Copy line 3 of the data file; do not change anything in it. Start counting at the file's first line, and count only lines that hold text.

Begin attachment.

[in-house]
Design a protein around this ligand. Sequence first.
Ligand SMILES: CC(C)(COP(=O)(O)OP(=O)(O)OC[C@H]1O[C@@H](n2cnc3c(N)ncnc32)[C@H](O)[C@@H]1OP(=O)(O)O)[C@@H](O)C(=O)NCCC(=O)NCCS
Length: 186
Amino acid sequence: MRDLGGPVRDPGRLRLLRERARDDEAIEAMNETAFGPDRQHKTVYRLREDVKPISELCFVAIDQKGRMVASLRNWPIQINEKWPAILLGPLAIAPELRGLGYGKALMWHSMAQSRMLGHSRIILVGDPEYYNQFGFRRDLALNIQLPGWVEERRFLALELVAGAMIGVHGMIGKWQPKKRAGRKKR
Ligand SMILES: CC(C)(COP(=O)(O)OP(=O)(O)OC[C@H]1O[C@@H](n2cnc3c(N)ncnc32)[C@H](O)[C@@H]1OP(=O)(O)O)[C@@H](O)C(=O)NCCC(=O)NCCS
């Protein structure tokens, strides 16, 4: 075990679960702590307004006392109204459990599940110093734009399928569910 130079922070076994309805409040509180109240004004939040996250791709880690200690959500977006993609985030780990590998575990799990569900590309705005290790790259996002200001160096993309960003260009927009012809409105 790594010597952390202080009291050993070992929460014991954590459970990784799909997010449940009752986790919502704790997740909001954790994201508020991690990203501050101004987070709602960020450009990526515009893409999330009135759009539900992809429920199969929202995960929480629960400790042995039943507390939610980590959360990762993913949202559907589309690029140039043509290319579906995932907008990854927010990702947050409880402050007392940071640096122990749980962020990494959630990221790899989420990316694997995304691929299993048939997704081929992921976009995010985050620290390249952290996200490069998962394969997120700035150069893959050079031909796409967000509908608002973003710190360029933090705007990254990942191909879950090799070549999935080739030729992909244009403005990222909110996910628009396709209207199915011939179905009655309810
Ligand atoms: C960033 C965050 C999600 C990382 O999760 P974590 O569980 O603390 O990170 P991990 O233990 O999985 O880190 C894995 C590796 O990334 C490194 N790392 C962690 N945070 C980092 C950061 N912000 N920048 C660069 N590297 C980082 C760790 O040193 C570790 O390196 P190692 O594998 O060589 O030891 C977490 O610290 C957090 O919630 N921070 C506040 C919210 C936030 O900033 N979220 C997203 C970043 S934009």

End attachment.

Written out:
Ligand SMILES: CC(C)(COP(=O)(O)OP(=O)(O)OC[C@H]1O[C@@H](n2cnc3c(N)ncnc32)[C@H](O)[C@@H]1OP(=O)(O)O)[C@@H](O)C(=O)NCCC(=O)NCCS